Have you ever stared down a container of fresh mushrooms and wondered how to properly clean them? This guide details how to clean mushrooms correctly — ensuring they’re not just clean but at their best for however you plan to enjoy them.
The information provided on this site is based on my personal experience living with alpha-gal syndrome. I consistently cite and link to expert sources, but nothing published on this site should be perceived as medical advice.
Alpha-gal sensitivities vary by person. You should understand your dietary restrictions, making any adjustments needed, and directing any questions to your physician.
Cleaning mushrooms might seem like a simple task, but it’s one that’s often misunderstood. From old wives’ tales to conflicting advice from culinary experts, it’s easy to get lost in the ‘shroom shuffle. This guide digs into and debunks the myths, delivering tried-and-true methods to leave your mushrooms in peak condition, whether you’re sautéing, stuffing, or frying them.
In This Article
Why are Mushrooms Always Covered in Dirt?
The earthy, umami flavor of mushrooms is a delicious part of many savory dishes, from comforting casseroles to creamy vegan risotto. But you’ll need to clean these fabulous fungi of any excess dirt and debris before using them in your cooking.
Here’s the dirt on why they’re so, well, dirty! These mass-produced mushrooms are grown in a peat mixture. While it’s sterilized and safe to eat, you still want to clean off as much as possible before cooking.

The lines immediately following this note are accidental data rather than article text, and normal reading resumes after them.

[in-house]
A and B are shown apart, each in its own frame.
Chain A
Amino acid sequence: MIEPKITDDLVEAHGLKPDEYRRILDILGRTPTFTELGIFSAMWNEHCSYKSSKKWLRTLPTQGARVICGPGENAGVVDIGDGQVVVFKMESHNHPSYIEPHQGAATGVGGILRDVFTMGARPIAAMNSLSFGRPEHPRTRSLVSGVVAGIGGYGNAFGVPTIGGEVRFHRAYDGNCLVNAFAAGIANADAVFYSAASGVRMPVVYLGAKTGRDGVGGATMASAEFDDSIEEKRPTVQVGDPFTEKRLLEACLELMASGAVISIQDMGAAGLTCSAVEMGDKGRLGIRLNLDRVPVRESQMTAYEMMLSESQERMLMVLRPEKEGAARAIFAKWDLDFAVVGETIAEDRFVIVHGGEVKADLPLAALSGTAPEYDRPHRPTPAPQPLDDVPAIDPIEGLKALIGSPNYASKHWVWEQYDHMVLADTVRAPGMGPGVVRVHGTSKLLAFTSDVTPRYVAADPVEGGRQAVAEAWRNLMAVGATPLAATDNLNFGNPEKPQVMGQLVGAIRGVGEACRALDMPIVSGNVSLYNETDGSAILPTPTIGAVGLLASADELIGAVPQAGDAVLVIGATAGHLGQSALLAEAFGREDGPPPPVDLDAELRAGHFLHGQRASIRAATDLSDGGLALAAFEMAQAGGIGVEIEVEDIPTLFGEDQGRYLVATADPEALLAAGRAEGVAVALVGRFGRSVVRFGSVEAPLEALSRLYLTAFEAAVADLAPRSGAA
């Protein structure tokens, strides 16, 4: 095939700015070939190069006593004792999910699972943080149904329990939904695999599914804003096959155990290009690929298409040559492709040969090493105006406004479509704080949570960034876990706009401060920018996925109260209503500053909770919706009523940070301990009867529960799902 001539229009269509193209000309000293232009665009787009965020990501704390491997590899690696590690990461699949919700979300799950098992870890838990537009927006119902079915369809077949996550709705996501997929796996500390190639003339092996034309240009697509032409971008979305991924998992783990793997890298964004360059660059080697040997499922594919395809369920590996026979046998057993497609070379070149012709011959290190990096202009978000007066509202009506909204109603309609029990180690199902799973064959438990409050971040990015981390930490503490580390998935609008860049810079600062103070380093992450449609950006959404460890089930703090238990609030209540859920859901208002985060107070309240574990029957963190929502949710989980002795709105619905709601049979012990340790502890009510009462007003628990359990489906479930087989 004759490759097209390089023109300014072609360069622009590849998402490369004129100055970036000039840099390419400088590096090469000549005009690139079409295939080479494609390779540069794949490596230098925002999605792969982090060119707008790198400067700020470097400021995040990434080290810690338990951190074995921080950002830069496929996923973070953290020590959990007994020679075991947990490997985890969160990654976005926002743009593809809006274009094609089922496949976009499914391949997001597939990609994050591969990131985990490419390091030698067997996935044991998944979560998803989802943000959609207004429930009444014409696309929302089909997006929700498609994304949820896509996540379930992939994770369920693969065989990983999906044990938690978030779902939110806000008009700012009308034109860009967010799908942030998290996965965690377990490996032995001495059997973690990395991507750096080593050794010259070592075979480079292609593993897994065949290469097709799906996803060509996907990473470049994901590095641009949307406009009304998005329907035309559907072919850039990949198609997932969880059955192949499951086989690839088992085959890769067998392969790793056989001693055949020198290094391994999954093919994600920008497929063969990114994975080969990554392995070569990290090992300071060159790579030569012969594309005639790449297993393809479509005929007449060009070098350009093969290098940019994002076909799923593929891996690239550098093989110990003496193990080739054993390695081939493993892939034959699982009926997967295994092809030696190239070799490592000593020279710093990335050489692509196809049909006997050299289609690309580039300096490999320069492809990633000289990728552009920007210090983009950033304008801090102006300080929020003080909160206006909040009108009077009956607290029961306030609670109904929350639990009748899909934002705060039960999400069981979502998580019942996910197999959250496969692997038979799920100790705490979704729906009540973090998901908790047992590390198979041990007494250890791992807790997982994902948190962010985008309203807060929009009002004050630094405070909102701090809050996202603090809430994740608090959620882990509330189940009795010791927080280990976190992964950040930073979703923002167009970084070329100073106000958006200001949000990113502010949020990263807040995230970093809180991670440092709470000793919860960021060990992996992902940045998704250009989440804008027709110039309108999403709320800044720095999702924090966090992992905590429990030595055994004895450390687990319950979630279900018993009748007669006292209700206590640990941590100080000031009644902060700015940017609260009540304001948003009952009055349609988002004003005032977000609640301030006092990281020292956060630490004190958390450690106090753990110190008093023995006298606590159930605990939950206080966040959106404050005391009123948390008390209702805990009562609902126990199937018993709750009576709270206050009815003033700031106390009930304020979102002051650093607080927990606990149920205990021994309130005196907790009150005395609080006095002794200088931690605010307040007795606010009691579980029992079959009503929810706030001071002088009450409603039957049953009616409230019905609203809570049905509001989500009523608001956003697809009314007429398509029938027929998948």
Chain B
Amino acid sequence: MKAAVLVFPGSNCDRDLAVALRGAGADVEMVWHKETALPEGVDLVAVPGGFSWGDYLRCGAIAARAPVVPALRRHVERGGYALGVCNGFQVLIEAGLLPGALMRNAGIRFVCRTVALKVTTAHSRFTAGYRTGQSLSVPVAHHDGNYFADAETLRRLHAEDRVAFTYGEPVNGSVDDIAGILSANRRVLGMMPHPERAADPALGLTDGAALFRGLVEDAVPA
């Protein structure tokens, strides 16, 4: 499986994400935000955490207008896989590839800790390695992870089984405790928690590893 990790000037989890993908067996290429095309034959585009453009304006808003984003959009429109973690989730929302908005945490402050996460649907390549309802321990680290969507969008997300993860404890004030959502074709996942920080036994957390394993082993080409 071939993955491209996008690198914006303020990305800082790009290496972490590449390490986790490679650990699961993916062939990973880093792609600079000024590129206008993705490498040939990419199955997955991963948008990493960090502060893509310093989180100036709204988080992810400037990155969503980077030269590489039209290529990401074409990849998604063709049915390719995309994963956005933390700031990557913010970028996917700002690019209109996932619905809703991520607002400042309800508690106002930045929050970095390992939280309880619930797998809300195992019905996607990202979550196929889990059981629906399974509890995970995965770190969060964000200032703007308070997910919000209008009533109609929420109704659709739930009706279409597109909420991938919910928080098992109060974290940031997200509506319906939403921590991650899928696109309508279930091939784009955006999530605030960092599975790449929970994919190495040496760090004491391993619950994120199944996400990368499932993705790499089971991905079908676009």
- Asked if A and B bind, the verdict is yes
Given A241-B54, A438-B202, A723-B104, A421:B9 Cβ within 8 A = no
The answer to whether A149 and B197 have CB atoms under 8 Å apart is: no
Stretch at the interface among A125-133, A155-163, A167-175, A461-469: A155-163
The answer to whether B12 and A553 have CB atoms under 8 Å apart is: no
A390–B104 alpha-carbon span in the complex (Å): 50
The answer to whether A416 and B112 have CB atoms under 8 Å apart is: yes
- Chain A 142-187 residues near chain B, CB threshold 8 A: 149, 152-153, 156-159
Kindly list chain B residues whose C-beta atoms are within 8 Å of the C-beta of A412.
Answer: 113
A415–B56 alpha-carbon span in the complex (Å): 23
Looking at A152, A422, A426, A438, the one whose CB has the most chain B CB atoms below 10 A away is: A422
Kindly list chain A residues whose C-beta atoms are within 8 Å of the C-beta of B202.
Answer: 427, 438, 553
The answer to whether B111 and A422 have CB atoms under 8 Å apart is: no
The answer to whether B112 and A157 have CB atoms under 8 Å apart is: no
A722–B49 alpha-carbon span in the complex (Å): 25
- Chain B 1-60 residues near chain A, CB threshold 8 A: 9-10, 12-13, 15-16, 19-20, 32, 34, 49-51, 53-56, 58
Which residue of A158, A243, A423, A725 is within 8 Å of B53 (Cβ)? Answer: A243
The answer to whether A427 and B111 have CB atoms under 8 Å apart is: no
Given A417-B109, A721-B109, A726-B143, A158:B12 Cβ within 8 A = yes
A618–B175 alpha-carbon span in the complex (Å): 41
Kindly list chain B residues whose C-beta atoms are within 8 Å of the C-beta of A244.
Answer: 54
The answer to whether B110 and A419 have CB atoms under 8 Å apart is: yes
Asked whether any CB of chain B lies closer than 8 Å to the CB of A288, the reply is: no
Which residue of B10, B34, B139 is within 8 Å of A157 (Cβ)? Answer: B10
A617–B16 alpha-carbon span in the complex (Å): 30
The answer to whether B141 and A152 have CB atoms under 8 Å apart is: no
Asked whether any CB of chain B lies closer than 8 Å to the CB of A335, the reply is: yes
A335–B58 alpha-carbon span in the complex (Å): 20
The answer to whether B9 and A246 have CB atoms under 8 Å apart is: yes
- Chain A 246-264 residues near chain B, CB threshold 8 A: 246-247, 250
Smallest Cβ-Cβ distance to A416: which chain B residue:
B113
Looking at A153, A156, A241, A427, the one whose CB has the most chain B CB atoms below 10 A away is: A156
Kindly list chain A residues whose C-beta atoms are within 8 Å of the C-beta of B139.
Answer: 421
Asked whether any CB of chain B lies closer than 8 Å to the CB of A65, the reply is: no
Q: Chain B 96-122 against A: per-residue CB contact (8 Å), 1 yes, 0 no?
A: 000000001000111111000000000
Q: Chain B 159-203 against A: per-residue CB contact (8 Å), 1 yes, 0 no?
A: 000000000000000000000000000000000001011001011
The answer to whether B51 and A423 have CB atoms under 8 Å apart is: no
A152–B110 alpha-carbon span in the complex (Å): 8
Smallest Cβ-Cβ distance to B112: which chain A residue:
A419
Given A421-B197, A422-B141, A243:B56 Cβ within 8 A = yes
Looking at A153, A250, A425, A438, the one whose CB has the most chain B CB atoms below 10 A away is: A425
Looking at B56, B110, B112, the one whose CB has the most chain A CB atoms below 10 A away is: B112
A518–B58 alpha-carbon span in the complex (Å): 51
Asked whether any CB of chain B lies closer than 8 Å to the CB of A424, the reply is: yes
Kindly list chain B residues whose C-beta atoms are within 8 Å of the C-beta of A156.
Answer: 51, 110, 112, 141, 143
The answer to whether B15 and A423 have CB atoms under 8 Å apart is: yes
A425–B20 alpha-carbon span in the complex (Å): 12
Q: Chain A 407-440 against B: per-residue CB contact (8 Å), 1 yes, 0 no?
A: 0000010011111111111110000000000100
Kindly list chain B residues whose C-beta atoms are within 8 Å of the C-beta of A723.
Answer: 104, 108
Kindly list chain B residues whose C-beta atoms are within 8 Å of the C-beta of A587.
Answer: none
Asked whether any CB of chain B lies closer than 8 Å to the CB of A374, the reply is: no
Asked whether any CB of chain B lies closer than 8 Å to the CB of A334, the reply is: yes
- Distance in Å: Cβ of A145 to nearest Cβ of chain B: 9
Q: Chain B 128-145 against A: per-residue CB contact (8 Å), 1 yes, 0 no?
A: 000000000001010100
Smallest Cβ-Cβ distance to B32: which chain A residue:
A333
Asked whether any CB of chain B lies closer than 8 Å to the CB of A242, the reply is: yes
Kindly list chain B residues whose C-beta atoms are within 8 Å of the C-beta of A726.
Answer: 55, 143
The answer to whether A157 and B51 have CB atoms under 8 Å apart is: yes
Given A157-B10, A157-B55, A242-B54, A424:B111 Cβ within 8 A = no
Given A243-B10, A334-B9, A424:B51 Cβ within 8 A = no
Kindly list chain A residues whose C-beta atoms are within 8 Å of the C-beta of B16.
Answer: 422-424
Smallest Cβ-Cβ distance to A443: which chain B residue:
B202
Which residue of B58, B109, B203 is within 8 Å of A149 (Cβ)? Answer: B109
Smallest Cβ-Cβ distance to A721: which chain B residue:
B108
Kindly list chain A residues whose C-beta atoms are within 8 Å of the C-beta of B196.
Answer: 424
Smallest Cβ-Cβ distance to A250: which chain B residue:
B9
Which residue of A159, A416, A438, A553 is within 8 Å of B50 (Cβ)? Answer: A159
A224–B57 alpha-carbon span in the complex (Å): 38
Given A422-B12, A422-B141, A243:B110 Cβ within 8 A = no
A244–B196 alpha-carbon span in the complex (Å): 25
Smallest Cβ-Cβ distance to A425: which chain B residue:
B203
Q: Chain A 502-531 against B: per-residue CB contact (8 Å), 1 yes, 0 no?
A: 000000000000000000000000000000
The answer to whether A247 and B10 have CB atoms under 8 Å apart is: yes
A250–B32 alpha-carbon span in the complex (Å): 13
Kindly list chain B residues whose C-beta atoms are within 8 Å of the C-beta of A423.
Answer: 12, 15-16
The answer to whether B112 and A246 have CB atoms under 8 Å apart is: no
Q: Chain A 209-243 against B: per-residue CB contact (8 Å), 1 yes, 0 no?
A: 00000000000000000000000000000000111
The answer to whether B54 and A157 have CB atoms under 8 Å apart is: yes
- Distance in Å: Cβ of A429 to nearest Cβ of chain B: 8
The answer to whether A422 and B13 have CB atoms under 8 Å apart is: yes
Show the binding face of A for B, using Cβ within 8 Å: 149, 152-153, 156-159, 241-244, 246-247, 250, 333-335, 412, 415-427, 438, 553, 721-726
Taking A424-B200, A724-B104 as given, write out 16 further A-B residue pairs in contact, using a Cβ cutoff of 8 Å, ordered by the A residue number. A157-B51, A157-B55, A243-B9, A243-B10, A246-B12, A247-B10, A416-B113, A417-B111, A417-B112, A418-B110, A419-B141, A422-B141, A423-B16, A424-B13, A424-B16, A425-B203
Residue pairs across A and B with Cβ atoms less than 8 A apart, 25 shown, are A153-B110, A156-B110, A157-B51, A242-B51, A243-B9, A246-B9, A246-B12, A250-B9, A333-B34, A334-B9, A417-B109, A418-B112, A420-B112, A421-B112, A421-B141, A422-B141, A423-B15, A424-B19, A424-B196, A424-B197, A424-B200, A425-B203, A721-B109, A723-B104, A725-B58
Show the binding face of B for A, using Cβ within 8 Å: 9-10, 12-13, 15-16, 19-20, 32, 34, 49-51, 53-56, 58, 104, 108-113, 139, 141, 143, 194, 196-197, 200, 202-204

How to Clean Mushrooms
When cleaning mushrooms, you’ve got two camps: Team Dry and Team Wet. The dry method involves brushing debris off with a damp cloth, and the wet method includes rinsing and washing the mushrooms. Whichever way you choose, clean the mushrooms just before cooking them. Otherwise, you’re likely to end up with soggy, slimy mushrooms. Ew!
Dry Cleaning Method
The dry method of cleaning mushrooms involves using a damp paper towel, a clean kitchen towel, a dry paper towel, or a mushroom brush. Yes, such a tool exists, and it’s one of the few single-purpose kitchen gadgets worth owning.
The dry cleaning method is a bit tedious, but there’s a good reason for it. Mushrooms are incredibly porous. If soaked with water during cleaning, they become mushy and soggy and will never brown nicely in a recipe.
To clean mushrooms using the dry method, gently brush the dirt and debris off each one using a slightly damp towel. This method works well for any mushroom with a defined cap, such as white button, cremini, portobello, chanterelle and shiitake.
“I always clean my mushrooms with a mushroom brush rather than a towel. A mushroom brush is more effective because its soft bristles gently remove dirt and residual soil without damaging the mushroom’s delicate surface.”
— Sara Nelson, Real Balanced
Wet Cleaning Method
If you’re short on time or dealing with pre-sliced mushrooms, the wet method is your friend. Despite what your mom, grandmother, and every other seasoned cook has probably told you about not washing mushrooms, you can lightly rinse them under water. The key word, however, is lightly. Think of this method more like a quick shower than a long soak.
There are two approaches to the wet wash method:
- Strainer Method — put the mushrooms in a strainer or colander and lightly rinse them with cool water
- Bowl Method — add the mushrooms to a large bowl of water and gently toss them in the water for 30 to 60 seconds until the debris falls off
Whichever method you choose, pat those mushrooms dry afterward to soak up any lingering moisture. The goal is a quick rinse, not a soak.
Preparing Mushroom Caps for Stuffing